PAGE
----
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Treasury Yields Invert as Traders Weigh U.S. Recession Risk

Source: NYSE

The bond market on Monday continued to flash warning signs that the U.S. economy could be headed for a recession after U.S. Treasury yields inverted again.

The yield on the 2-year Treasury yield inched marginally lower to 2.424, while the benchmark 10-year Treasury note rose about 4 basis points to 2.412%. The yield on the 5-year government bond moved 1 basis point higher to 2.56% and the 30-year Treasury bond climbed about 5 basis points to 2.473%. Yields move inversely to prices and 1 basis point is equal to 0.01%.

2-year and 10-year yields, which form the main part of the yield curve watched by traders, inverted once again on Monday. Those Treasury yields flipped on Thursday for the first time since 2019 and did so again on Friday, following the release of closely watched jobs data.

"The yield curve inversion continues to be the focus of investors, triggering conversations around the timing of the next recession," Nationwide chief investment of research Mark Hackett said in a note. "Historically, the yield curve inversion has meant that the fuse is lit for a recession. But the timing of a recession is impossible to predict at this stage."

"While it is way too early to become defensive, shifting incrementally to a more conservative strategy makes sense. In this environment, quality trumps momentum-based growth," he added.

Although the inversion in Treasury yields historically precedes a recession, economists have indicated that it is not a guarantee of an economic downturn. 5-year and 30-year Treasury yields also remained inverted on Monday, after flipping for the first time since 2006 a week ago.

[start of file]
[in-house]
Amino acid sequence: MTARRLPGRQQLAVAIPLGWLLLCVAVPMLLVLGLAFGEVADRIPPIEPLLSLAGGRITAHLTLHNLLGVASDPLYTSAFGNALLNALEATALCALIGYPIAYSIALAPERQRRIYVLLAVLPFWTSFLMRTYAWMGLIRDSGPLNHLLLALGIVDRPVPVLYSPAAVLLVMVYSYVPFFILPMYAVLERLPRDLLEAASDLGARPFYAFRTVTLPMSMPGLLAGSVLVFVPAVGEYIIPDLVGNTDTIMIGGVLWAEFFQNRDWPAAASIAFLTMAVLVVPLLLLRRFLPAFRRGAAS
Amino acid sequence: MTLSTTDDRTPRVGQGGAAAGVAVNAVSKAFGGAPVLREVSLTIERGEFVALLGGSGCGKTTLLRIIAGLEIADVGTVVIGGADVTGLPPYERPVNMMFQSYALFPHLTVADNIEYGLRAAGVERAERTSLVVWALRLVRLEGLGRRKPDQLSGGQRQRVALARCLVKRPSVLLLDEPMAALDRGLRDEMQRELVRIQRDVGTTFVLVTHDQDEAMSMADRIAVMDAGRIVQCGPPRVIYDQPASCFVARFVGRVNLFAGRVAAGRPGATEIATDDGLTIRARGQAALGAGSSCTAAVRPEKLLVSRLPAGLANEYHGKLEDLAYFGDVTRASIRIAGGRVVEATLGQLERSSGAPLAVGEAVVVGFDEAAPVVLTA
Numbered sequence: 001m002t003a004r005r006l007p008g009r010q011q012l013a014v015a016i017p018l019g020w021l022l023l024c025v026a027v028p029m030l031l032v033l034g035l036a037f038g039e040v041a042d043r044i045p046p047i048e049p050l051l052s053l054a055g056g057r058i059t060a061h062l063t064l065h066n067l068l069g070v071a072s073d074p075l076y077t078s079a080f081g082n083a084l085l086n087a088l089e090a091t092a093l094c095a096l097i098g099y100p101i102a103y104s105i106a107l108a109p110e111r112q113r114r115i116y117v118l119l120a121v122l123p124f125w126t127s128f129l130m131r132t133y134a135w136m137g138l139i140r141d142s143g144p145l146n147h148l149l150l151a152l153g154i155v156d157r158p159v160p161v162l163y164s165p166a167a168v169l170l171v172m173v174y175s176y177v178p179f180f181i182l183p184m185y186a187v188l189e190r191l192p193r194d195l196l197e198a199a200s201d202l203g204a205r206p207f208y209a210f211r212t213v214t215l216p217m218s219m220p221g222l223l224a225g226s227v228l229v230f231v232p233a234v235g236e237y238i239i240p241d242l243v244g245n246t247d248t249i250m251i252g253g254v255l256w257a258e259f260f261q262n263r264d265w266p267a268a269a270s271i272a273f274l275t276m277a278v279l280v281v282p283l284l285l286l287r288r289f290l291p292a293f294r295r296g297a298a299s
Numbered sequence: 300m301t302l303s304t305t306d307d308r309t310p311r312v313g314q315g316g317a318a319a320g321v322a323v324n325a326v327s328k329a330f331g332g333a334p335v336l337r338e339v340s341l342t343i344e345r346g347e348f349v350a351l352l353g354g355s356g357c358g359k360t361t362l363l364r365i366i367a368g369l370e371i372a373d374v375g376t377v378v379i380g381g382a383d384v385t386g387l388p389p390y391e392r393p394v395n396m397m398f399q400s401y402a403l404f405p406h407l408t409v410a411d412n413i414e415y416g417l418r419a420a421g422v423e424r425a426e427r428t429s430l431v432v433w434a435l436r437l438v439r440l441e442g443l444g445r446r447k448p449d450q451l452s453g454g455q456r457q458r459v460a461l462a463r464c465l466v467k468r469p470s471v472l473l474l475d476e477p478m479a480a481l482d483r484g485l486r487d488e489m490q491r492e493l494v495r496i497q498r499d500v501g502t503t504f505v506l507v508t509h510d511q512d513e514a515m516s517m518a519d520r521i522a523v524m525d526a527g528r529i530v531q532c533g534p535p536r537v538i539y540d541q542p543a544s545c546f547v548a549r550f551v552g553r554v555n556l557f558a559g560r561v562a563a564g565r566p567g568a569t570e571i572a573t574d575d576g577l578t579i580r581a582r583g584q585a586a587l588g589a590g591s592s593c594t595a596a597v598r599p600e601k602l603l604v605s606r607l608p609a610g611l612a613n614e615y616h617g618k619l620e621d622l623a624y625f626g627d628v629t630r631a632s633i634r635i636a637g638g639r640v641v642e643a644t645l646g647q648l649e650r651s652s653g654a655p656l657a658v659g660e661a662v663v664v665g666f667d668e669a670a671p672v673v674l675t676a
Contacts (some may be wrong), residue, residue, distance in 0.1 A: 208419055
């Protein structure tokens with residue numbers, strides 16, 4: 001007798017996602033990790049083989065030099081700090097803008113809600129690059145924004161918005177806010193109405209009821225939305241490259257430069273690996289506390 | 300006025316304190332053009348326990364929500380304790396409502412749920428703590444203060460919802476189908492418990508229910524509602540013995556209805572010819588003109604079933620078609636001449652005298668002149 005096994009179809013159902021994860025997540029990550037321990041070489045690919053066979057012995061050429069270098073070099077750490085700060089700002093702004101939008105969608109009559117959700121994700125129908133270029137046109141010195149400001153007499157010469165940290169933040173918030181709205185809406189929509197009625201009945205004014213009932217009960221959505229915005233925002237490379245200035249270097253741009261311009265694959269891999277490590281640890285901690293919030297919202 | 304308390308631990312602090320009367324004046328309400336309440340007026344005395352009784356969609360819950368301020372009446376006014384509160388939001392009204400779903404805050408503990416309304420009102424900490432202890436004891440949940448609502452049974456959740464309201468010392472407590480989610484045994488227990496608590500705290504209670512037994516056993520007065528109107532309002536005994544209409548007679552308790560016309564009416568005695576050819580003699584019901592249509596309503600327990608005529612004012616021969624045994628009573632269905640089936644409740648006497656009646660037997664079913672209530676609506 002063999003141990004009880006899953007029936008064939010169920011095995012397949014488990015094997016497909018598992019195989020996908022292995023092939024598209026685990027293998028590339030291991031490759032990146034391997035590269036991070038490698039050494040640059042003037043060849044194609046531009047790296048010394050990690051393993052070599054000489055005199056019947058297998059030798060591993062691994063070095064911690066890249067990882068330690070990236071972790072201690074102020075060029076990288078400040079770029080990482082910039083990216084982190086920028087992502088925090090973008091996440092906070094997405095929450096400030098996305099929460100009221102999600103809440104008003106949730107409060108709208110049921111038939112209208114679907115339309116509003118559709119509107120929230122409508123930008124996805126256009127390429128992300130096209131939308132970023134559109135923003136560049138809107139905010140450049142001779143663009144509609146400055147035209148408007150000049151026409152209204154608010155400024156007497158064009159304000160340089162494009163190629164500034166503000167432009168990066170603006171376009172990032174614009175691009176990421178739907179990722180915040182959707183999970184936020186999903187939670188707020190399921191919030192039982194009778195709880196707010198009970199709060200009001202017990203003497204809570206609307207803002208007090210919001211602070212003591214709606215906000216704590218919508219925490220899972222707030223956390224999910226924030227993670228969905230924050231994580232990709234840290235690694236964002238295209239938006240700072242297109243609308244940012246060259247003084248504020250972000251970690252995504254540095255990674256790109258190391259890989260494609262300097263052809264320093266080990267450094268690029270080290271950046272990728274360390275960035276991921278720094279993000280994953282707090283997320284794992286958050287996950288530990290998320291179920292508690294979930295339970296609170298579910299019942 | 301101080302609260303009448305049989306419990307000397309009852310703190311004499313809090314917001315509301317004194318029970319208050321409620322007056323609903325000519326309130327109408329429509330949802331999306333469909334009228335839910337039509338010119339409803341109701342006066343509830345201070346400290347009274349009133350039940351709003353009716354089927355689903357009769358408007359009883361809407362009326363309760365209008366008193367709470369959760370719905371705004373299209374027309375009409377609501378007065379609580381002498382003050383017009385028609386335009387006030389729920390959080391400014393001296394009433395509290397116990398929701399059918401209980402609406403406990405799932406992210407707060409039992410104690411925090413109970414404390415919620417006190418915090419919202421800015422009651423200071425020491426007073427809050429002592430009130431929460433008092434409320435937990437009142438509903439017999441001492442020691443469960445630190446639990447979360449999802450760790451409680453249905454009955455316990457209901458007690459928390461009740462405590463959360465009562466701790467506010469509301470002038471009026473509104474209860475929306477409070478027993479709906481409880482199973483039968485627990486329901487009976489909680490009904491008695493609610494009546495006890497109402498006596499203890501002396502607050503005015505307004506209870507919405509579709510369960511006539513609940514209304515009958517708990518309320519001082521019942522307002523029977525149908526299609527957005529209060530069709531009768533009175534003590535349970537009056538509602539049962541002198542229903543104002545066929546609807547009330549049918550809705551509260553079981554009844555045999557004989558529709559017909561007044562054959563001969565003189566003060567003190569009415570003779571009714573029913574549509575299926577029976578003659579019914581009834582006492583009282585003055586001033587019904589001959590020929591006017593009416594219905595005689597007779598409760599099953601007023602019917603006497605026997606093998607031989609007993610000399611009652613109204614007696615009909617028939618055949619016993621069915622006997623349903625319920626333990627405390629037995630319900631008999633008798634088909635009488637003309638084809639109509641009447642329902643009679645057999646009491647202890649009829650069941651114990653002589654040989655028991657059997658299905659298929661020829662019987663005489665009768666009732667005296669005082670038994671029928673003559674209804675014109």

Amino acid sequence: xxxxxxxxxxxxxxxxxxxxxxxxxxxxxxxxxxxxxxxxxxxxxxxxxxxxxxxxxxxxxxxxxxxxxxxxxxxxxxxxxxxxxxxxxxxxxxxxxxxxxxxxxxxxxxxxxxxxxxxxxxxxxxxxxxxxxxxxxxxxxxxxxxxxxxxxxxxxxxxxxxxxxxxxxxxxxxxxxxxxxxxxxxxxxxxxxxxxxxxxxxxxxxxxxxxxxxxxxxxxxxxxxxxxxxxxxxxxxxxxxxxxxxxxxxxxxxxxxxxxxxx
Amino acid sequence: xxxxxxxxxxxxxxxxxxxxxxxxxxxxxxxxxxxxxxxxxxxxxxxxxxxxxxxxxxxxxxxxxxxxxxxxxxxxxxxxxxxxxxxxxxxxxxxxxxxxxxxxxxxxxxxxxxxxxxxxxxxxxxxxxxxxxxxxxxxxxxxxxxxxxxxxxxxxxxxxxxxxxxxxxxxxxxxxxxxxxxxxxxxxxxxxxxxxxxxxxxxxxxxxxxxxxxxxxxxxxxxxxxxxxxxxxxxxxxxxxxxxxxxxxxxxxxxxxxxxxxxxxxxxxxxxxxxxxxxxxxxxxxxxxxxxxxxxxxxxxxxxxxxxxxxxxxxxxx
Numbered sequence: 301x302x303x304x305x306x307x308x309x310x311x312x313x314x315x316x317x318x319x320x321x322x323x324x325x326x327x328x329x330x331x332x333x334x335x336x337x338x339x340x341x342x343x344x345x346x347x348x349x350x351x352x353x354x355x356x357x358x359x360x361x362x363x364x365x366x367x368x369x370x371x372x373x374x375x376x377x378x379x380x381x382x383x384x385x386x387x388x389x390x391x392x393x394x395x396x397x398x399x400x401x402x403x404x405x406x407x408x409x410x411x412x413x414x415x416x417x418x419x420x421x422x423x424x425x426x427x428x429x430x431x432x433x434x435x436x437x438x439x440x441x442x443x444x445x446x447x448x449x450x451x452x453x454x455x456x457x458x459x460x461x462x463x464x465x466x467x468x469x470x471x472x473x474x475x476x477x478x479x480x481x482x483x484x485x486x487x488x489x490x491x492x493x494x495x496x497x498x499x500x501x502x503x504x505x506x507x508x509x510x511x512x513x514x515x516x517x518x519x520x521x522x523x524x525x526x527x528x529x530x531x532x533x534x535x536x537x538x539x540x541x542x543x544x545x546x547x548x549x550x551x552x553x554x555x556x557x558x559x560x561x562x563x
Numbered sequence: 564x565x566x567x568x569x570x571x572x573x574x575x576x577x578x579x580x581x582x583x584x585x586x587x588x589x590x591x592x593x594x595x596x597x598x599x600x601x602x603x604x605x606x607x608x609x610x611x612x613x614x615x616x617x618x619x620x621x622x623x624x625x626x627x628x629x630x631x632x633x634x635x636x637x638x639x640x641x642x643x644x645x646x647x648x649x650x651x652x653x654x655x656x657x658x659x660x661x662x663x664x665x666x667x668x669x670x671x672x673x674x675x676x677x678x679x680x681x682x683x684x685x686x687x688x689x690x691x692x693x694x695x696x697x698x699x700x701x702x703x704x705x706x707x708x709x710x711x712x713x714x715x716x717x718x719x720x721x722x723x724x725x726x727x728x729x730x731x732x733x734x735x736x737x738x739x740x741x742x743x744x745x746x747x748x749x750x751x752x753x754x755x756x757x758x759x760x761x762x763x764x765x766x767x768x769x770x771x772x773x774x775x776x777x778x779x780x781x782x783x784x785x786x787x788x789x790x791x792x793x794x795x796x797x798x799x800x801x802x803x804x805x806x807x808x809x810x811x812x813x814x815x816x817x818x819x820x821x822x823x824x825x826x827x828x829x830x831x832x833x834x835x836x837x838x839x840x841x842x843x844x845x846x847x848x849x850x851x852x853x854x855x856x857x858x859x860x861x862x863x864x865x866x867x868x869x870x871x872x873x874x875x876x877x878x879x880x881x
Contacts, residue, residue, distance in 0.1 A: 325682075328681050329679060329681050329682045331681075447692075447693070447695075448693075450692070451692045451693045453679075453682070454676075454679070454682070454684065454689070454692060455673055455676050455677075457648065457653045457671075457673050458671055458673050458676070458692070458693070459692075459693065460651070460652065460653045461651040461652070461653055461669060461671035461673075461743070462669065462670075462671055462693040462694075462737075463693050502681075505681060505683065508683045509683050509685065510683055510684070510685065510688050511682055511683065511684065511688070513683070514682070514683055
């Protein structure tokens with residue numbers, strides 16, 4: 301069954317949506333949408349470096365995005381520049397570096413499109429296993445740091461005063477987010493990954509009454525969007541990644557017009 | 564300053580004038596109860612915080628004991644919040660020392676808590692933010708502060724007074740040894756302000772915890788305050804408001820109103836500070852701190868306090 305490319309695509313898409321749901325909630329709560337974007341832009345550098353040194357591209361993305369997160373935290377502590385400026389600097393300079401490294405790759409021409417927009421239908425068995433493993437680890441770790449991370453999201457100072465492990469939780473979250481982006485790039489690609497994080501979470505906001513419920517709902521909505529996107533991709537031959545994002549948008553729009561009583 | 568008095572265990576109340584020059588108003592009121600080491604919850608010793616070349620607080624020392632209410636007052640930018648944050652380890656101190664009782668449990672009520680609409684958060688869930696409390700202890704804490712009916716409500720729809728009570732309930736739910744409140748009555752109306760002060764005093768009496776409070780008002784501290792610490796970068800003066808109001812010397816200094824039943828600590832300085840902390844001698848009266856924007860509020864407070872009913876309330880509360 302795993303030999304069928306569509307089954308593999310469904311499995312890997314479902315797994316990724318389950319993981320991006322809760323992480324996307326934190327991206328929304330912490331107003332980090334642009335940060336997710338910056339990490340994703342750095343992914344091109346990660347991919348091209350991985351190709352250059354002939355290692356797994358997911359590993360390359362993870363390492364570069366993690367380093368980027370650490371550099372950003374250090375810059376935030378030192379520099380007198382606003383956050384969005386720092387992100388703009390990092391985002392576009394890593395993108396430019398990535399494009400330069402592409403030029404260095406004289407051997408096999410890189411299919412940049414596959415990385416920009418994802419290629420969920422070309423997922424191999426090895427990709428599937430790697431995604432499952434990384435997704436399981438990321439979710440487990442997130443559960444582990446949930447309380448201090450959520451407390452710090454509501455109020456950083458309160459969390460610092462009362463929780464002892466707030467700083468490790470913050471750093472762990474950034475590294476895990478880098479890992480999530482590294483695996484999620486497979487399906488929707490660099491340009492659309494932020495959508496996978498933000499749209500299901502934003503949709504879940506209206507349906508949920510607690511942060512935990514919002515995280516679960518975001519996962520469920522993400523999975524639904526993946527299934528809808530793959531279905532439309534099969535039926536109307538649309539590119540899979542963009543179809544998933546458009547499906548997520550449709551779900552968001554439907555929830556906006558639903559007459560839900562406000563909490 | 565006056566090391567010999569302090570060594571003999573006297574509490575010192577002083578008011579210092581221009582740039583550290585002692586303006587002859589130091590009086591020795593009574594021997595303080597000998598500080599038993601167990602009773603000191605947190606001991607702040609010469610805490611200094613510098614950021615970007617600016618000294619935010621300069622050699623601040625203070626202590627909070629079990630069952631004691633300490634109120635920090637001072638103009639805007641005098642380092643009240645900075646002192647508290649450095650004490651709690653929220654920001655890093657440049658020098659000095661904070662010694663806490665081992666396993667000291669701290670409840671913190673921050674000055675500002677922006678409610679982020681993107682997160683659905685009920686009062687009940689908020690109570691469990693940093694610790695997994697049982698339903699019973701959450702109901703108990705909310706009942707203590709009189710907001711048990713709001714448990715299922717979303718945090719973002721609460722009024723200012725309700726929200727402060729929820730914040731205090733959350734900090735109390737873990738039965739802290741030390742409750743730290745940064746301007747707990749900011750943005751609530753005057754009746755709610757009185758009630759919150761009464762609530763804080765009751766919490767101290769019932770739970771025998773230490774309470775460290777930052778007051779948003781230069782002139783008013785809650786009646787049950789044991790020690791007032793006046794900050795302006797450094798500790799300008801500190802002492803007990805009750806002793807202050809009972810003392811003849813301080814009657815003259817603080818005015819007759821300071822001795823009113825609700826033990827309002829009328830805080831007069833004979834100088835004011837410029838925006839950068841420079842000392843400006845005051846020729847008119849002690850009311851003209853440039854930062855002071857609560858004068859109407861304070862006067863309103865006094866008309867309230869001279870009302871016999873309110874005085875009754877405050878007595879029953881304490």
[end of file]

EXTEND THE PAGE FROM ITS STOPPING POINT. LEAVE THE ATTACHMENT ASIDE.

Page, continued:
Meanwhile, investor focus this week will be on minutes from the latest Fed meeting, due out at 2 p.m. ET on Wednesday.

ING strategists said in a note on Monday that they expected the Fed to announce 50 basis point rate hikes at the May, June and July meetings.

"This should continue to push yields up across the board, but also invert the curve further," they said.

Investors also continue to monitor the situation in Ukraine. Russia's chief negotiator Vladimir Medinsky said draft peace treaty talks will resume on Monday, underlining that the Kremlin's position on Crimea and Donbas remains unchanged.

Ukrainian President Volodymyr Zelenskyy has accused Russian forces of committing genocide, saying Ukrainian people were being "destroyed and exterminated."

CNBC's Jesse Pound and Sam Meredith contributed to this market report.

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